I’ve been getting some great reading referrals of late, and even if I have had to partake of most of them through the screen of my laptop instead of on the paper I would prefer, some of what has come across that electronic medium has been absolutely incredible. Today called for a moment of reading that by all rights of practical time management I should never have had, but which in the end left me gasping for air as I came back up out of it, and with nothing but thanks for the reminder it provided of what is truly important in this life. The title story of George Saunders‘ collection Tenth of December, available to be read, along with others of his works, on The New Yorker’s website and through Open Culture, is a serious literary accomplishment and one that I would highly recommend to all of my readers at home. I’ve always held that the short story format is a great deal more challenging to work in than the novel. There’s just no room for fluff in short work, and for the most part no real reward, even when you pull it off – hence the general focus on longer works. Every once in a while though (Old Man and the Sea style) a piece of short fiction breaks through, and captures the audience it deserves. I can only hope that will be the case with Saunders and Tenth of December because, to put it bluntly, this man is a genius. I’m not even going to go into trying to describe the content, or the plot, or what it all “means” – just click on the link and read it for yourselves, then send me an email if you think I’ve wasted your time…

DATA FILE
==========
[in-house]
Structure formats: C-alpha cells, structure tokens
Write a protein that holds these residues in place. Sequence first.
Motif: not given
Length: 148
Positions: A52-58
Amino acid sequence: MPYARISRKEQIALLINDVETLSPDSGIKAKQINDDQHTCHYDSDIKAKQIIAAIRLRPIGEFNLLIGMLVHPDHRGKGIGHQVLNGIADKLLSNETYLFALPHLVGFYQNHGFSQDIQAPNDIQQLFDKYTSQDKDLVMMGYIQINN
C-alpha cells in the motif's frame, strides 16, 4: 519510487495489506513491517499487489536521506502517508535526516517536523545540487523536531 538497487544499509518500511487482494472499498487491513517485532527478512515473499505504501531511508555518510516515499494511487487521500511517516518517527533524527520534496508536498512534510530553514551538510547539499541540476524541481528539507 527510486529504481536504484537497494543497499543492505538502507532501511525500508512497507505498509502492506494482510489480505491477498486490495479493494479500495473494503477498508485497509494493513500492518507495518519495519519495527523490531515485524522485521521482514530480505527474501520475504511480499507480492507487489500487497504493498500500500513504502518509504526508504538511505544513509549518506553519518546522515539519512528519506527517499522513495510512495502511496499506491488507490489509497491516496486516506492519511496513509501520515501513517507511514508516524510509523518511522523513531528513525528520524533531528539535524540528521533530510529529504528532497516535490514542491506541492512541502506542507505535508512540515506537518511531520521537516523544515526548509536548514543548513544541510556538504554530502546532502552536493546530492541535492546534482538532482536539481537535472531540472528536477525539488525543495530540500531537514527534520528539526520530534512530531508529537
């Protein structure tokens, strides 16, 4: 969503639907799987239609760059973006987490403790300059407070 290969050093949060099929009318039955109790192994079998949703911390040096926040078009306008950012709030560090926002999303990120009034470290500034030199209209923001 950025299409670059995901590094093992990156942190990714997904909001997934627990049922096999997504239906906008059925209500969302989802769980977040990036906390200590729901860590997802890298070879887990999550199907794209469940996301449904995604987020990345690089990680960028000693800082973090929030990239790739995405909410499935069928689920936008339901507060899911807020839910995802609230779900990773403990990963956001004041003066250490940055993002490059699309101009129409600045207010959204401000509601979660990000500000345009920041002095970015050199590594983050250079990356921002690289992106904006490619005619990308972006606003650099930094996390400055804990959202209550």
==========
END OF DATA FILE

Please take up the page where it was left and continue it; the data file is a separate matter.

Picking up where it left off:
Hey Folks! I hope this post finds you all doing well, wherever you are in the world. Where I am it is autumn, and the light has bent from green and blue to yellow, and is making its way on to orange even as I type. Fall light is something I have thought a lot about over the years, and while I do love this country better than almost any other place I have seen in the world, I must still admit that the light down here in March and April is not quite the same as it is in the Northern Hemisphere in September and October where I am from. The Alders in Colorado and the Oaks and Maples and Poplars in Georgia just have our Nires and Lengas (Andean beech trees) beat, and to be honest the whole angle of the sun isn’t quite right either. But it’s what I’ve got to work with; and I’m milking it for all its worth. This particular change of seasons is so dear to me though I’ve been known to start adding nutmeg and cinnamon to my coffee even in the spring, just on general principal and out of respect for the word October. Oh well; I’m hoping to enjoy two autumns this calendar year, so those of you in my neighborhood up North keep your ears peeled for a knock on your doors come fall, and keep the fly rods handy too.In other news, I’m just in from Rio Pico and had a wonderful time with this last group. It was a family brought down by my good friend Trey Scharp, one of the owners of Grand Teton Fly Fishing up out of good ol’ Jackson Hole, Wyoming (one of the places sporting beautiful yellow alders in September). Highlights from last week included a 27” buck-brown caught on a dry fly with 4x tippet from some very skinny water, lots of good rowing through beautiful country, and an array of jokes and stories told that will keep me thinking about these folks for many months to come. This season has been a great one so far, and I’ll be sorry to see it go. But it’s not over yet. As I write this post I am taking a short break from some serious trip-prep process, for I am leaving in a couple of weeks to do a month long float trip through one of the longest free-flowing glacial drainages left on Earth – the Rio Santa Cruz. Born from a large ice field deep within the heart of the Andes, the Santa Cruz flows unhindered and practically un-touched by human influence from its high-altitude origins all the way to the Atlantic, crossing one of the least populated and still pristine regions in all of Patagonia. And on top of that, this unique river has become the home-environment of one of the most genetically pure strains of Pacific steelhead in existence. First stocked with McCloud River California steelhead sometime before 1930, the Rio Santa Cruz has proved to be an ideal environment for this anadromous fish, a species suffering from loss of habitat, genetic tampering, and over-harvest almost everywhere else they exist on Earth today. And Zach (Tweed) Otte, Loren Elliott, Hernan Salvay, and I intend to get to know it – intimately. We’ll be on the river for somewhere between three weeks and a month, floating it in its entirety from the mouth of Lago Argentino to the Atlantic likely without much possibility of running into a single other soul along the way; but the fishing, well, it should be spectacular. Stay tuned for an update on that when we get back.